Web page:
Slowing Tablet Sales Buoyed by Sub-$250 Tablets
While tablet sales overall continue to decline, smaller and less flashy tablets retailing for less than $250 are buoying the market as price-conscious consumers gravitate toward savings over processing power and high-end screen technology.
While tablet sales overall continue to decline, smaller and less flashy tablets retailing for less than $250 are buoying the market as price-conscious consumers gravitate toward savings over processing power and high-end screen technology, according to research from IDC.
And now, Apple (APPL) has thrown its hat in the ring by reducing the price of its first generation iPad Mini to $249, which has resulted in the company’s sales increasing to 56 million in the third quarter of this year. The numbers, which were revealed by Morgan Stanley Analyst Katy Huberty and shared with AppleInsider, seem to signal what everyone in the industry has been thinking for the past several months: The age of booming tablet sales is over.
All of which begs the oft-asked question: Is the tablet market really dead and buried? Or is this just another instance of analysts jumping to conclusions?
Unfortunately, there isn’t a concrete answer at the moment. Its important to consider that while iPad Mini sales have bolstered overall sales for Apple, the average price of the company’s tablets has dropped to $294, leading to a 13 percent year-over-year decline in price, according to IDC. And with Apple among the top tablet vendors on the market, chances are that companies including Samsung, Acer and Hewlett-Packard (HPQ) are also seeing their bottom dollar fall short of predictions.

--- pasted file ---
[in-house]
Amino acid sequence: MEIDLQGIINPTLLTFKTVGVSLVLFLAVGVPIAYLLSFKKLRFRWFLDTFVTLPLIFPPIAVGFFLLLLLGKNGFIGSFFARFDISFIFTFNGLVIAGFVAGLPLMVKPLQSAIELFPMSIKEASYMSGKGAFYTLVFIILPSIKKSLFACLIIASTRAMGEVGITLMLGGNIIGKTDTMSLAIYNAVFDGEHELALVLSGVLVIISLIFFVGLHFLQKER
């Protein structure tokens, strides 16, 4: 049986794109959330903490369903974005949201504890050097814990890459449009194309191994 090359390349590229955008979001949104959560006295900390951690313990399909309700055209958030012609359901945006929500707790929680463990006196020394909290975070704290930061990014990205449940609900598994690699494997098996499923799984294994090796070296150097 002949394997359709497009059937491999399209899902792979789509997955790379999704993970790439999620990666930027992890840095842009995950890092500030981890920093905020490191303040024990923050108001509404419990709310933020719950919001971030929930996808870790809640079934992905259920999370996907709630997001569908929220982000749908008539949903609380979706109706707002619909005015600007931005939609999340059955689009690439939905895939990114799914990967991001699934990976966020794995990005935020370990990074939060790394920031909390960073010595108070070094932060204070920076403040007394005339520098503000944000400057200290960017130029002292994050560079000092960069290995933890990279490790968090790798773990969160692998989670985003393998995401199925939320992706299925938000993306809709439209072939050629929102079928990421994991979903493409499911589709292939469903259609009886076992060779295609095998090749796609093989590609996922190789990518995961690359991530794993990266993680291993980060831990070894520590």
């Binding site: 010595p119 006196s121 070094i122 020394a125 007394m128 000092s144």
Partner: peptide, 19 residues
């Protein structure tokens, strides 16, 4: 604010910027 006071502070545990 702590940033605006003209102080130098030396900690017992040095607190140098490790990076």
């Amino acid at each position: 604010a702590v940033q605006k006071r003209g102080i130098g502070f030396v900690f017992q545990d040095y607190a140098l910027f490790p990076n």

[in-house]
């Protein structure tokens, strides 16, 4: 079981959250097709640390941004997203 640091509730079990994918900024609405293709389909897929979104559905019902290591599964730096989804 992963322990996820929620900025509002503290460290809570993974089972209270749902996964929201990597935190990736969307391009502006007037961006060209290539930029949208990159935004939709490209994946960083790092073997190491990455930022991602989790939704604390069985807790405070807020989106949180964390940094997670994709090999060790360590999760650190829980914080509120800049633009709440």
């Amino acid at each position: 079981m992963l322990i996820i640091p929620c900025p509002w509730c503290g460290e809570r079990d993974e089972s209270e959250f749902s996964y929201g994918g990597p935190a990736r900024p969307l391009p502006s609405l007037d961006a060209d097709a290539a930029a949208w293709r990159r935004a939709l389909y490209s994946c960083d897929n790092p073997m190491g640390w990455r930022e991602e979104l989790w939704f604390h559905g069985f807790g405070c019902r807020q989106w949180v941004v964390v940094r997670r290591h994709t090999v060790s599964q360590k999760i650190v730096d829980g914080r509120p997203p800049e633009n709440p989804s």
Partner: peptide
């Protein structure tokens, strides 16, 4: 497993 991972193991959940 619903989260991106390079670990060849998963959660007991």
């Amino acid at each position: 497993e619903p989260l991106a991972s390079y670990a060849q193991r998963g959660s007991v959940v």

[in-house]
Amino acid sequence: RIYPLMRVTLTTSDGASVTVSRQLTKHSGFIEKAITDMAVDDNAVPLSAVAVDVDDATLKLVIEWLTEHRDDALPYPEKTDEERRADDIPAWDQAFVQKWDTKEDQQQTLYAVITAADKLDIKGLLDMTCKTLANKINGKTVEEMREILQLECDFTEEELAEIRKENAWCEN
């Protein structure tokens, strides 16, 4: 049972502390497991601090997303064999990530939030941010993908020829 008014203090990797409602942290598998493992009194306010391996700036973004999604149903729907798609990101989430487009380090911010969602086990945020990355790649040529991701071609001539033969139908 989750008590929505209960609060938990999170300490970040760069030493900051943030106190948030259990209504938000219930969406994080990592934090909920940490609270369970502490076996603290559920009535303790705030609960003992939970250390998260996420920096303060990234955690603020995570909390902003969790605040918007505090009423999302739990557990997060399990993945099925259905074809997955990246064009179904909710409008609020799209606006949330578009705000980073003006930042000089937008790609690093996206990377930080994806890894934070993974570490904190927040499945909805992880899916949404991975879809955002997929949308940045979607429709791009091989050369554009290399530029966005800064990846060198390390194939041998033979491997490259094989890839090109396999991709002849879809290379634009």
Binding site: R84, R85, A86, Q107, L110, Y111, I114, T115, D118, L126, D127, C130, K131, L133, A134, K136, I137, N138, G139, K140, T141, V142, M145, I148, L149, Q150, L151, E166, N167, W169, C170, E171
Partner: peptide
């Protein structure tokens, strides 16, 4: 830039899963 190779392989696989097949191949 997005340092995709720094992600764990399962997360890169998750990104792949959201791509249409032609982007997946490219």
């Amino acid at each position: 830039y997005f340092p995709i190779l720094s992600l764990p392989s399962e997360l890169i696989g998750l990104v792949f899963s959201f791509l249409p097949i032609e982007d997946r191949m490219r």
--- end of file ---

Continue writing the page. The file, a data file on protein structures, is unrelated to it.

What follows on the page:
A recent Gartner study found tablet sales are expected to comprise less than 10 percent of all mobile devices this year, down from last year, when tablets made up 55 percent of the market. In fact, tablet sales are only expected to increase by 11 percent this year, fitting perfectly with IDC’s second quarter 2014 tablet sales predictions.
But it’s too soon to lose all hope in tablets making some kind of comeback in 2015, at least for some analysts.
Huberty expects a rising popularity in professional-focused tablets, such as the rumored 12.9-inch “iPad Pro” to potentially pull the ailing tablet market out of the mud and reinvigorate widespread interest in new devices.
With the holiday shopping season quickly approaching, the real litmus test for tablet sales is still yet to come. However, one thing is for certain; it will be important for vendors keep an eye on tablet sales going into 2015 and begin adapting their new devices to fit consumer buying habits if they hope to convince the public to part with their previous generation tablets.